# src/examples/breaking.c

# 3D breaking Stokes wave (multilayer solver)

A steep, 3D, third-order Stokes wave is unstable and breaks. This is the 3D equivalent of this test case. The bathymetry is given by \displaystyle z_b(y) = - 0.5 + \sin(\pi y)/4 i.e. it is shallower toward the back of the domain which causes the wave to break earlier there.

The solution is obtained using the layered model and demonstrates its robustness and a degree of realism even for this complex case.

```
#include "layered/hydro.h"
#include "layered/nh.h"
#include "layered/remap.h"
#include "layered/perfs.h"
#include "view.h"
```

The initial conditions are given by the wave steepness ak and the Reynolds number Re=c\lambda/\nu with c the phase speed of the gravity wave and \lambda its wavelength.

```
double ak = 0.33;
double RE = 40000.;
#define k_ (2.*pi)
#define h_ 0.5
#define g_ 1.
#define T0 (k_/sqrt(g_*k_))
```

The domain is periodic in x and resolved using 256^2 points and 30 layers.

Some implicit damping is necessary to damp fast modes. This may be related to the slow/fast decoupling of the \theta-scheme mentioned by Durran & Blossey, 2012.

```
theta_H = 0.51;
run();
}
```

The initial conditions for the free-surface and velocity are given by the third-order Stokes solution.

We can use a larger CFL, in particular because we are not dealing with shallow-water/wetting/drying.

` CFL = 0.8;`

The layer thicknesses follow a geometric progression, starting from a top layer with a thickness of 1/3 that of the regular distribution.

```
geometric_beta (1./3., true);
foreach() {
zb[] = - 0.5 + sin(pi*y)/4.;
double H = wave(x, 0) - zb[];
double z = zb[];
foreach_layer() {
h[] = H*beta[point.l];
z += h[]/2.;
u.x[] = u_x(x, z);
w[] = u_y(x, z);
z += h[]/2.;
}
}
}
```

We add (an approximation of) horizontal viscosity.

```
event viscous_term (i++)
horizontal_diffusion ((scalar *){u}, nu, dt);
```

We log the evolution of the kinetic and potential energies.

```
set xlabel 't/T0'
plot [0:6]'log' u 1:2 w l t 'kinetic', '' u 1:3 w l t 'potential', \
'' u 1:(($2+$3)/2.) w l t 'total/2'
```

```
event logfile (i++; t <= 8.*T0)
{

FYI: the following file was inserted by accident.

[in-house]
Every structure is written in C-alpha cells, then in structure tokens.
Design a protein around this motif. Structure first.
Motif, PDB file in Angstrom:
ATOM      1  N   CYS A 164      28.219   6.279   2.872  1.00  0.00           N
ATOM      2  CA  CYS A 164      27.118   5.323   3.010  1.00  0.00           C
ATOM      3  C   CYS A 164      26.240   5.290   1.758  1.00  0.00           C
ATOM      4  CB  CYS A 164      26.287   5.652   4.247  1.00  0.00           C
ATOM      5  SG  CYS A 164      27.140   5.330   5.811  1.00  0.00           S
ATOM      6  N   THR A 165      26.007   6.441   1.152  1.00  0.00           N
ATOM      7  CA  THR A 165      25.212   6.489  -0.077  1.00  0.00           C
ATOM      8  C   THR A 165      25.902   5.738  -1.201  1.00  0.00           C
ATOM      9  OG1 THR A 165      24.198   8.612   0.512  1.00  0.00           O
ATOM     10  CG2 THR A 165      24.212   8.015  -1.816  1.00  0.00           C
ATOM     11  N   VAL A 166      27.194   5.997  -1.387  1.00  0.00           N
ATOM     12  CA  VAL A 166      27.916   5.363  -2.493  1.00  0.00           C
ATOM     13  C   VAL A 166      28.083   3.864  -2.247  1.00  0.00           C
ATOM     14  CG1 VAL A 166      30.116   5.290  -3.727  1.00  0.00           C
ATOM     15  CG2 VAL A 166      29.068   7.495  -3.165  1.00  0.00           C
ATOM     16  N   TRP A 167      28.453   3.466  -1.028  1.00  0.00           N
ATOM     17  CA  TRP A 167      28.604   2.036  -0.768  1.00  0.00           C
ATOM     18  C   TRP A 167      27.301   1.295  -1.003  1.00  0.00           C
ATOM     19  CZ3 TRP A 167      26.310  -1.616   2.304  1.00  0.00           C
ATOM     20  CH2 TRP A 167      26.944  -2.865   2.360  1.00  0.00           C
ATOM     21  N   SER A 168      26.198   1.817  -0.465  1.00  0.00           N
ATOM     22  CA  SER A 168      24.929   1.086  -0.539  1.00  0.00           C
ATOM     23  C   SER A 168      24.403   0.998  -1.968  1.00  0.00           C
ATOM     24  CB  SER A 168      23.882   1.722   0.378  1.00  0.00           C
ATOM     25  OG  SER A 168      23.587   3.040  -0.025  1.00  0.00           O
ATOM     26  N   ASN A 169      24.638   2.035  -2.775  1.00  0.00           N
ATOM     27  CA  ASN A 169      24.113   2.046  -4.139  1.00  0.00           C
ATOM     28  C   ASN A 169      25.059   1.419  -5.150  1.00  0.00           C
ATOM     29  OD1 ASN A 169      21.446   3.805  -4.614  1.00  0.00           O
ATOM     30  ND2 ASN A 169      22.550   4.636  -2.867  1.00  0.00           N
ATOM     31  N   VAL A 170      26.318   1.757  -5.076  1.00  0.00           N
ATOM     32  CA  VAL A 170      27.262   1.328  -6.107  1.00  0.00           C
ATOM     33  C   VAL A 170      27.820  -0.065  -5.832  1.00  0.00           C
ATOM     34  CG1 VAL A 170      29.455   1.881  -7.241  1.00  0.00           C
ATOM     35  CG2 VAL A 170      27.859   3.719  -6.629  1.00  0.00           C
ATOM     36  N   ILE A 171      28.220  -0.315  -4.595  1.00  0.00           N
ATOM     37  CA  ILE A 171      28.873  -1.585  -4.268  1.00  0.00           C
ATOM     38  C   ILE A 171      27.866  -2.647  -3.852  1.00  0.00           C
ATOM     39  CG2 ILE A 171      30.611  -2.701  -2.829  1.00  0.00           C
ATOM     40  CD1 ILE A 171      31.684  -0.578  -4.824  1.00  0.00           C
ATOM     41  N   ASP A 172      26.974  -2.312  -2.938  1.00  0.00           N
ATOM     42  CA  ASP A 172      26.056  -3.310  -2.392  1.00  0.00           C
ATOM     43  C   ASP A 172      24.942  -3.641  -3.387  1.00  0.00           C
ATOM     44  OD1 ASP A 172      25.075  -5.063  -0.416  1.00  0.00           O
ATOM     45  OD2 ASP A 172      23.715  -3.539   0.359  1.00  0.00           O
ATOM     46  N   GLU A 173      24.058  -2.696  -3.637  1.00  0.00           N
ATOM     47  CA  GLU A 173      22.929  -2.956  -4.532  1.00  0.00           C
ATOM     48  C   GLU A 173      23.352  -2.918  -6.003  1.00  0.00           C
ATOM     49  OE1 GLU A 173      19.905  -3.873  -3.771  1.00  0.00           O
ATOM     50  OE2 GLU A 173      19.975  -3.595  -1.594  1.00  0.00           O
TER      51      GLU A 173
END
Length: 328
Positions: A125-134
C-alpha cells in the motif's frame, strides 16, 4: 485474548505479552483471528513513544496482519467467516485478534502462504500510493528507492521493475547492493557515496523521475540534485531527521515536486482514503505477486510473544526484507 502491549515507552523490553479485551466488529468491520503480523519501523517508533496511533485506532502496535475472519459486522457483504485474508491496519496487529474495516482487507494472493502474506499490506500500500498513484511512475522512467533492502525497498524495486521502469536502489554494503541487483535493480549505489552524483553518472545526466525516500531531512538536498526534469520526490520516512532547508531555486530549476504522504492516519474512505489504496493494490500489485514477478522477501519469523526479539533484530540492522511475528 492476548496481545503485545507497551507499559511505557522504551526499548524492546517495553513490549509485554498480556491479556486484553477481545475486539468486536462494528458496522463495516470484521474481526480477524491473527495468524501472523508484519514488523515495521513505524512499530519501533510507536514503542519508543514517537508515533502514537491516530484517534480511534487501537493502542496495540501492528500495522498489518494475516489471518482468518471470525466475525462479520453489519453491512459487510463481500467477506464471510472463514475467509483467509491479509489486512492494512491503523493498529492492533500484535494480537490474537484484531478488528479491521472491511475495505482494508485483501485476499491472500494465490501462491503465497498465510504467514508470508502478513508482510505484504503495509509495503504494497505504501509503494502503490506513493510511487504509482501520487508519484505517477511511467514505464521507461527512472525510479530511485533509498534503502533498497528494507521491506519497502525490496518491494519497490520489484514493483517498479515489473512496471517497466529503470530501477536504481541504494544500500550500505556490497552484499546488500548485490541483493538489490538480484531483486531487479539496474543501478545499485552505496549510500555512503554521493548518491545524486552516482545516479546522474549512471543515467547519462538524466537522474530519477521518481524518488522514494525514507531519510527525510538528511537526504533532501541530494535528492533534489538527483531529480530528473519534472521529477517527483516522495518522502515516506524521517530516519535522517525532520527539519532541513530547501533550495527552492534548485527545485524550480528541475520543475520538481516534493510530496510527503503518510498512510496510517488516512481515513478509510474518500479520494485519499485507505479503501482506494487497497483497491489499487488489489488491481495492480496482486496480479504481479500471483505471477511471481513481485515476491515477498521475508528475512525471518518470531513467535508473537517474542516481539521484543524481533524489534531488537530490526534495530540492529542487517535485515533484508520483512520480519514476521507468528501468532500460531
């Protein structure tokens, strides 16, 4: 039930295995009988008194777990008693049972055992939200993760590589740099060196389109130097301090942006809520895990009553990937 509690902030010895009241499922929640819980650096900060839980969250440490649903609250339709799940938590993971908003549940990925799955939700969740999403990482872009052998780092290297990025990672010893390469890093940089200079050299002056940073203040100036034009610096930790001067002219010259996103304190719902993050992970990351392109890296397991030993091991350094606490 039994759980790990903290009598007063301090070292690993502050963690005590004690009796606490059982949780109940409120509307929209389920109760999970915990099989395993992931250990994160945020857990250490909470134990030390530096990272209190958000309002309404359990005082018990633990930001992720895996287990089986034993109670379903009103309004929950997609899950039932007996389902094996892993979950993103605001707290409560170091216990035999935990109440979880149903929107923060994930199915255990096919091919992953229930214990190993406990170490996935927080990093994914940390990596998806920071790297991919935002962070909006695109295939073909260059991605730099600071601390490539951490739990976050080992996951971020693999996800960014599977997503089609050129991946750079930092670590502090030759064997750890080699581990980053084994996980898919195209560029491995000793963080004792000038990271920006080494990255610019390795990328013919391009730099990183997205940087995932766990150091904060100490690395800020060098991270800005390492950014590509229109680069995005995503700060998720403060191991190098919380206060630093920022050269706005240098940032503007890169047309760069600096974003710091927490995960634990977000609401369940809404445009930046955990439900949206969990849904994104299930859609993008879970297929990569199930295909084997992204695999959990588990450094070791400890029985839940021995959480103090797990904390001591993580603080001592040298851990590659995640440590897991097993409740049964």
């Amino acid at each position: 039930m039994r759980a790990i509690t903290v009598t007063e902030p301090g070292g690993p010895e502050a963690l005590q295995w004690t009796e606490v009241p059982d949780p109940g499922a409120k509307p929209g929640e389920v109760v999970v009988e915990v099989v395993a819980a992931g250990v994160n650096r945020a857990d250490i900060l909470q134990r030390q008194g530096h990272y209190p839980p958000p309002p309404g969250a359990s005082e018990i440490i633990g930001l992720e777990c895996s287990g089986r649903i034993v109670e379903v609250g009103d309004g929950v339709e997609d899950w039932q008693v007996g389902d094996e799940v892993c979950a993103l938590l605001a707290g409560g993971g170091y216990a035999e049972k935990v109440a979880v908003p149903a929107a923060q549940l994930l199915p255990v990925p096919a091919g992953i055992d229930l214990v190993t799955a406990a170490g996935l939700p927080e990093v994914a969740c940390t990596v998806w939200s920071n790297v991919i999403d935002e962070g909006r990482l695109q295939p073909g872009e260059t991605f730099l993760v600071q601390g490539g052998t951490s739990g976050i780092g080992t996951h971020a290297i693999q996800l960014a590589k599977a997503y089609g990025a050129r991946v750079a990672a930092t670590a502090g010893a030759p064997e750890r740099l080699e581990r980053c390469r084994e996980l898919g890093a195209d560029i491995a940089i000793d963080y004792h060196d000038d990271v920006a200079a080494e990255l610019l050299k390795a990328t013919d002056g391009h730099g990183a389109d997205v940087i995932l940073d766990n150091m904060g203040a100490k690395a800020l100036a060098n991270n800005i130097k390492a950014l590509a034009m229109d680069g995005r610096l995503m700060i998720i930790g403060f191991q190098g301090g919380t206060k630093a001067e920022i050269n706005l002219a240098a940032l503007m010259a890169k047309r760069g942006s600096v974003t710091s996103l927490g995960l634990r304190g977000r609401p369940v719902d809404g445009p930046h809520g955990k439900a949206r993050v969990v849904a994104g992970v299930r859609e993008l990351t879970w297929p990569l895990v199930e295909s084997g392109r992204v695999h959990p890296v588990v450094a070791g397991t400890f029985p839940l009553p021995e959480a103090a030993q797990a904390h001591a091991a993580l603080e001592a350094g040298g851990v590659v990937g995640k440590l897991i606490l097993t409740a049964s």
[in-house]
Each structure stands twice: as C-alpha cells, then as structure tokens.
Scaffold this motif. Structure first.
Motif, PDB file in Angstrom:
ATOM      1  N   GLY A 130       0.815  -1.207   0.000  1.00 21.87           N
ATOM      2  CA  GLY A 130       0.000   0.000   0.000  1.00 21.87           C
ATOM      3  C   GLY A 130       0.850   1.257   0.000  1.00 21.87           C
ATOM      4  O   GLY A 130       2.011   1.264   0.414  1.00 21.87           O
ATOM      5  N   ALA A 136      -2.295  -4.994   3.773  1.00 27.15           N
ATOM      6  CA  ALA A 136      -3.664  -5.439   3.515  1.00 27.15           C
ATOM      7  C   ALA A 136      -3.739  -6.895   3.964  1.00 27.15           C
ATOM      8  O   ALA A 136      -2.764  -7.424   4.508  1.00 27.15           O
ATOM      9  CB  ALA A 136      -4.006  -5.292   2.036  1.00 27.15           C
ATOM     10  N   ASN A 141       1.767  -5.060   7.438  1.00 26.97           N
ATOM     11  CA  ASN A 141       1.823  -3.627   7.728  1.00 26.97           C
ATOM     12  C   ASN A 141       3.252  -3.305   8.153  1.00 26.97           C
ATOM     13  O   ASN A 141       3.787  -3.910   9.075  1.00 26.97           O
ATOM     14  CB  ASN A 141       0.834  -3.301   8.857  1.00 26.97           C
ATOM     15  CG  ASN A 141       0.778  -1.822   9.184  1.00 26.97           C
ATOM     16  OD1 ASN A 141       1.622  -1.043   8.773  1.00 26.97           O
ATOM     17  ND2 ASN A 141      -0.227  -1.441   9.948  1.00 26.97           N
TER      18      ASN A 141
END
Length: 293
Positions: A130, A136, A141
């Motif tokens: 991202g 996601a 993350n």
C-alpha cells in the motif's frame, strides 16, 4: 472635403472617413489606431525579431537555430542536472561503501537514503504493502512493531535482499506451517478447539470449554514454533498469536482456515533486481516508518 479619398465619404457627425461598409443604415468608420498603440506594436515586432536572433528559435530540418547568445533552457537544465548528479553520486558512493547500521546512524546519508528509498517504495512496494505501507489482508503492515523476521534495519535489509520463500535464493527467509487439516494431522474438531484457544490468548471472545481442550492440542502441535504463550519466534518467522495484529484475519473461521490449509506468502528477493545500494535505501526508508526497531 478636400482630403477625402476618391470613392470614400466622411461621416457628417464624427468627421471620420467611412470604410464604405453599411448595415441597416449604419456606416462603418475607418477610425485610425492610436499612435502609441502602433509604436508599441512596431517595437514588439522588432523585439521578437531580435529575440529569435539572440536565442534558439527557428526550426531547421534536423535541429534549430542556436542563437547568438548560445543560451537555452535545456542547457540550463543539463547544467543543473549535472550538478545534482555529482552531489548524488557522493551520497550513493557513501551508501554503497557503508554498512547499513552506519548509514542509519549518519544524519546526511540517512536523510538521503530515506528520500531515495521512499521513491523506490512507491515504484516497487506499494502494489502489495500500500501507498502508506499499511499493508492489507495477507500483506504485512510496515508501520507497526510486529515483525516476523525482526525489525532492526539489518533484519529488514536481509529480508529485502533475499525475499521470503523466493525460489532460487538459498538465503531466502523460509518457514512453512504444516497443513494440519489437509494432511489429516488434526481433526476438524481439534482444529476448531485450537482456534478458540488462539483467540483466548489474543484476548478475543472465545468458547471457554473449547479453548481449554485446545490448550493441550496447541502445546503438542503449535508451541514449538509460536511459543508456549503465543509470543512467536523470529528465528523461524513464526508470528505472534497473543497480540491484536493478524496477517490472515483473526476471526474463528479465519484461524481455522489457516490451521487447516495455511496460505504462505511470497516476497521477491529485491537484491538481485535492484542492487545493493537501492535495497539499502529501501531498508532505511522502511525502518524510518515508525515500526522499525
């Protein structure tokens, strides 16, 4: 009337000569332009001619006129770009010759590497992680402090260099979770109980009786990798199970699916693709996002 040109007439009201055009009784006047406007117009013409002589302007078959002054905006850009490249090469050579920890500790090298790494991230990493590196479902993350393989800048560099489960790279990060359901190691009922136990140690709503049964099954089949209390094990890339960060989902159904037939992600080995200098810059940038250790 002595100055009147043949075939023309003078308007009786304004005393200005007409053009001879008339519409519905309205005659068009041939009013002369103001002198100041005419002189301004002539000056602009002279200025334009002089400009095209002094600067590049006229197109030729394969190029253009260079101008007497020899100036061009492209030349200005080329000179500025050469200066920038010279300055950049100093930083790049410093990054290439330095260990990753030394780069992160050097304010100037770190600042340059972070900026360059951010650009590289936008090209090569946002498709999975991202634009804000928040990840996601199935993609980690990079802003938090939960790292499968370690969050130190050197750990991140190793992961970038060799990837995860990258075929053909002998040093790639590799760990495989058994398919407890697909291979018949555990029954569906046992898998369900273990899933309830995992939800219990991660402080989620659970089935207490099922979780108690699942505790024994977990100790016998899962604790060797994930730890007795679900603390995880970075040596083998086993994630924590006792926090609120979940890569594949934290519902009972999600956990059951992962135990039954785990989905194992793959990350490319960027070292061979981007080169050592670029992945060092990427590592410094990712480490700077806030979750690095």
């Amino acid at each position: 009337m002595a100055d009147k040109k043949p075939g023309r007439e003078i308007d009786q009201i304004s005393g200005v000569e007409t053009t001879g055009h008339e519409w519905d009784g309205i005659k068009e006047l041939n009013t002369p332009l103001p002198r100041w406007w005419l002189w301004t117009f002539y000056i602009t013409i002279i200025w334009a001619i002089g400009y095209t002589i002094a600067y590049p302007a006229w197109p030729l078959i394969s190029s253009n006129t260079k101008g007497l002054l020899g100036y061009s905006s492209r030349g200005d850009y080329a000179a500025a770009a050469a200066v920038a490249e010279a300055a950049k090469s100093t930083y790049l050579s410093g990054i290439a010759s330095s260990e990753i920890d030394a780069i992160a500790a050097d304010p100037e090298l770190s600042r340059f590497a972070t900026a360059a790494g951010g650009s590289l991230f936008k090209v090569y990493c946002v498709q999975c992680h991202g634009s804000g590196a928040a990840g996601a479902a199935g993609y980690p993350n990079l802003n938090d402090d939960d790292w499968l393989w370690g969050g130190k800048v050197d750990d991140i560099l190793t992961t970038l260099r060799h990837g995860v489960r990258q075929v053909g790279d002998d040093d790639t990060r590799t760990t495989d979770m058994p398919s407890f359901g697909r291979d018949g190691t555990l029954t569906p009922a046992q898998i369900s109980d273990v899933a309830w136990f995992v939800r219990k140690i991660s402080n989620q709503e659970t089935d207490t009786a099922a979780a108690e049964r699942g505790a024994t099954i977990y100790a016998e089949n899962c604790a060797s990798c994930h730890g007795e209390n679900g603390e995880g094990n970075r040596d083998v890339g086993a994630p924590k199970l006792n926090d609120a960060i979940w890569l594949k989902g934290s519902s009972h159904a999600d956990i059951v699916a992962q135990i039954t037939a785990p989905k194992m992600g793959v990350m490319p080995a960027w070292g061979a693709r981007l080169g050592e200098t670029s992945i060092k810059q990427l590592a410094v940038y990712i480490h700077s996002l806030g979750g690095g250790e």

double ke = 0., gpe = 0.;
foreach (reduction(+:ke) reduction(+:gpe)) {
foreach_layer() {
double norm2 = sq(w[]);
foreach_dimension()
norm2 += sq(u.x[]);
ke += norm2*h[]*dv();
}
gpe += sq(eta[])*dv();
}
fprintf (stderr, "%g %g %g\n", t/T0, ke/2., g_*gpe/2.);
}
```

And generate the movie of the free surface (this is quite expensive). The movie is 45 seconds at 25 frames/second.

```
event movie (t += 8.*T0/(45*25))
{
view (fov = 17.3106, quat = {0.475152,0.161235,0.235565,0.832313},
tx = -0.0221727, ty = -0.0140227, width = 1200, height = 768);
char s[80];
sprintf (s, "t = %.2f T0", t/T0);
draw_string (s, size = 80);
for (double x = -1; x <= 1; x++)
translate (x) {
squares ("u29.x", linear = true, z = "eta", min = -0.15, max = 0.6);
}
save ("movie.mp4");
}
```

## Parallel run

The simulation was run in parallel on the Occigen machine on 64 cores, using this script

```
local% qcc -source -D_MPI=1 breaking.c
local% scp _breaking.c user@occigen.cines.fr:
```

```
#!/bin/bash
#SBATCH -J breaking
#SBATCH --constraint=HSW24
#SBATCH --ntasks=64
#SBATCH --threads-per-core=1
#SBATCH --time=1:00:00
#SBATCH --exclusive
#SBATCH --mail-type=BEGIN,END,FAIL
#SBATCH --mail-user=popinet@basilisk.fr
module purge
module load openmpi
module load intel gcc
NAME=breaking
mpicc -Wall -std=c99 -O2 _$NAME.c -o $NAME \
-I/home/popinet/local -L/home/popinet/local/gl -L/home/popinet/local/lib \
-lglutils -lfb_tiny -lppr -lgfortran -lm
export LD_LIBRARY_PATH=/home/popinet/local/lib:$LD_LIBRARY_PATH
export PATH=$PATH:/home/popinet/local/bin
rm -f *.ppm
srun --mpi=pmi2 -K1 --resv-ports -n $SLURM_NTASKS $NAME 2> log > out
```

The number of timesteps was 4159 and the runtime was 44 minutes with movie generation.

## References

[durran2012] |
Dale R Durran and Peter N Blossey. Implicit–explicit multistep methods for fast-wave–slow-wave problems. |